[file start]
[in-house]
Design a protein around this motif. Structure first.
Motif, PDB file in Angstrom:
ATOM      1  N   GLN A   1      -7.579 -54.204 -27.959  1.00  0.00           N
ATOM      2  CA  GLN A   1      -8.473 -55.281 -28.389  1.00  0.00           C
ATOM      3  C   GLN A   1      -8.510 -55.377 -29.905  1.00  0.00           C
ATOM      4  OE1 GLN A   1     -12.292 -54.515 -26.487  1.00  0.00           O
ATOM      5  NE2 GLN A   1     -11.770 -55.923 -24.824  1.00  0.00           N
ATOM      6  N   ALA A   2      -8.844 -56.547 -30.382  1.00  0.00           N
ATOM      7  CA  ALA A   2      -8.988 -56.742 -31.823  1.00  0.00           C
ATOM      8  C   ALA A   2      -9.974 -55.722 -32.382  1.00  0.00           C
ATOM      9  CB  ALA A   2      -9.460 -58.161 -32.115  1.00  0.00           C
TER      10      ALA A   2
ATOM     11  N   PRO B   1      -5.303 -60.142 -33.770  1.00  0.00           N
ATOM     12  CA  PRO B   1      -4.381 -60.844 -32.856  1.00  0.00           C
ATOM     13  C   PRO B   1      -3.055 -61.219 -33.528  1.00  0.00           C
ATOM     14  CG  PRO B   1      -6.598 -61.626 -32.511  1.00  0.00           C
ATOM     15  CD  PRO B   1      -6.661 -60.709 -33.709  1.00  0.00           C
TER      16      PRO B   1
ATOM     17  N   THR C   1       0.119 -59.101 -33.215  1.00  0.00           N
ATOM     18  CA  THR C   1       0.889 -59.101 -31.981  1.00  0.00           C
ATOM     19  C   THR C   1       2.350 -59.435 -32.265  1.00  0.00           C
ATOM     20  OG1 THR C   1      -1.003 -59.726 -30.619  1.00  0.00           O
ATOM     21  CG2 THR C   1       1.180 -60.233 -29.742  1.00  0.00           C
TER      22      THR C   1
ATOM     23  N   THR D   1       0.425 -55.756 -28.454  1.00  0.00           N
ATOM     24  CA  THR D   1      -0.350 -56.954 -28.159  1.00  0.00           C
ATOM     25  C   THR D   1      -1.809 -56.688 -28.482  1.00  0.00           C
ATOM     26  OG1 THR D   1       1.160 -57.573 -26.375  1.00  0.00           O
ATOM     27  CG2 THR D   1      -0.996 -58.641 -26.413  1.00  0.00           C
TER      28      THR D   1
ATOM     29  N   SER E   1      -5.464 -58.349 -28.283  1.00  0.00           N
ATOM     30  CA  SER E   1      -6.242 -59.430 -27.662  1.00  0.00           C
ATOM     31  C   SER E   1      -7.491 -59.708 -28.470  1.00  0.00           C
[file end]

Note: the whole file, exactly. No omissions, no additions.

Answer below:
[in-house]
Design a protein around this motif. Structure first.
Motif, PDB file in Angstrom:
ATOM      1  N   GLN A   1      -7.579 -54.204 -27.959  1.00  0.00           N
ATOM      2  CA  GLN A   1      -8.473 -55.281 -28.389  1.00  0.00           C
ATOM      3  C   GLN A   1      -8.510 -55.377 -29.905  1.00  0.00           C
ATOM      4  OE1 GLN A   1     -12.292 -54.515 -26.487  1.00  0.00           O
ATOM      5  NE2 GLN A   1     -11.770 -55.923 -24.824  1.00  0.00           N
ATOM      6  N   ALA A   2      -8.844 -56.547 -30.382  1.00  0.00           N
ATOM      7  CA  ALA A   2      -8.988 -56.742 -31.823  1.00  0.00           C
ATOM      8  C   ALA A   2      -9.974 -55.722 -32.382  1.00  0.00           C
ATOM      9  CB  ALA A   2      -9.460 -58.161 -32.115  1.00  0.00           C
TER      10      ALA A   2
ATOM     11  N   PRO B   1      -5.303 -60.142 -33.770  1.00  0.00           N
ATOM     12  CA  PRO B   1      -4.381 -60.844 -32.856  1.00  0.00           C
ATOM     13  C   PRO B   1      -3.055 -61.219 -33.528  1.00  0.00           C
ATOM     14  CG  PRO B   1      -6.598 -61.626 -32.511  1.00  0.00           C
ATOM     15  CD  PRO B   1      -6.661 -60.709 -33.709  1.00  0.00           C
TER      16      PRO B   1
ATOM     17  N   THR C   1       0.119 -59.101 -33.215  1.00  0.00           N
ATOM     18  CA  THR C   1       0.889 -59.101 -31.981  1.00  0.00           C
ATOM     19  C   THR C   1       2.350 -59.435 -32.265  1.00  0.00           C
ATOM     20  OG1 THR C   1      -1.003 -59.726 -30.619  1.00  0.00           O
ATOM     21  CG2 THR C   1       1.180 -60.233 -29.742  1.00  0.00           C
TER      22      THR C   1
ATOM     23  N   THR D   1       0.425 -55.756 -28.454  1.00  0.00           N
ATOM     24  CA  THR D   1      -0.350 -56.954 -28.159  1.00  0.00           C
ATOM     25  C   THR D   1      -1.809 -56.688 -28.482  1.00  0.00           C
ATOM     26  OG1 THR D   1       1.160 -57.573 -26.375  1.00  0.00           O
ATOM     27  CG2 THR D   1      -0.996 -58.641 -26.413  1.00  0.00           C
TER      28      THR D   1
ATOM     29  N   SER E   1      -5.464 -58.349 -28.283  1.00  0.00           N
ATOM     30  CA  SER E   1      -6.242 -59.430 -27.662  1.00  0.00           C
ATOM     31  C   SER E   1      -7.491 -59.708 -28.470  1.00  0.00           C